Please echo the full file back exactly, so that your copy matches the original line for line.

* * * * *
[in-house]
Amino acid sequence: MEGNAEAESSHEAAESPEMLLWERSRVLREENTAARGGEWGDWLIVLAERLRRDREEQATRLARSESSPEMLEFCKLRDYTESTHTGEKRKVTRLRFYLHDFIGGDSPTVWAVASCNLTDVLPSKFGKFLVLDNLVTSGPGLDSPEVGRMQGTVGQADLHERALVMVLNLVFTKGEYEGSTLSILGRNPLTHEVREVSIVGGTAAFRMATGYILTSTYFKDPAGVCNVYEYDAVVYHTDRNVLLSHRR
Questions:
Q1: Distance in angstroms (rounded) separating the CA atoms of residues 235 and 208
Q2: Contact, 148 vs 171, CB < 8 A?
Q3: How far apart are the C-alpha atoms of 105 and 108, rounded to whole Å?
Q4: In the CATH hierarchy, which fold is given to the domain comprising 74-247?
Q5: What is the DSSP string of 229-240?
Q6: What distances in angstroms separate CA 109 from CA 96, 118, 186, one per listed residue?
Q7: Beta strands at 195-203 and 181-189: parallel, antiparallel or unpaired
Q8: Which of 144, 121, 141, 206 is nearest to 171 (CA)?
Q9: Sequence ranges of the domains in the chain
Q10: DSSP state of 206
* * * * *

[in-house]
Amino acid sequence: MEGNAEAESSHEAAESPEMLLWERSRVLREENTAARGGEWGDWLIVLAERLRRDREEQATRLARSESSPEMLEFCKLRDYTESTHTGEKRKVTRLRFYLHDFIGGDSPTVWAVASCNLTDVLPSKFGKFLVLDNLVTSGPGLDSPEVGRMQGTVGQADLHERALVMVLNLVFTKGEYEGSTLSILGRNPLTHEVREVSIVGGTAAFRMATGYILTSTYFKDPAGVCNVYEYDAVVYHTDRNVLLSHRR
Questions:
Q1: Distance in angstroms (rounded) separating the CA atoms of residues 235 and 208
Q2: Contact, 148 vs 171, CB < 8 A?
Q3: How far apart are the C-alpha atoms of 105 and 108, rounded to whole Å?
Q4: In the CATH hierarchy, which fold is given to the domain comprising 74-247?
Q5: What is the DSSP string of 229-240?
Q6: What distances in angstroms separate CA 109 from CA 96, 118, 186, one per listed residue?
Q7: Beta strands at 195-203 and 181-189: parallel, antiparallel or unpaired
Q8: Which of 144, 121, 141, 206 is nearest to 171 (CA)?
Q9: Sequence ranges of the domains in the chain
Q10: DSSP state of 206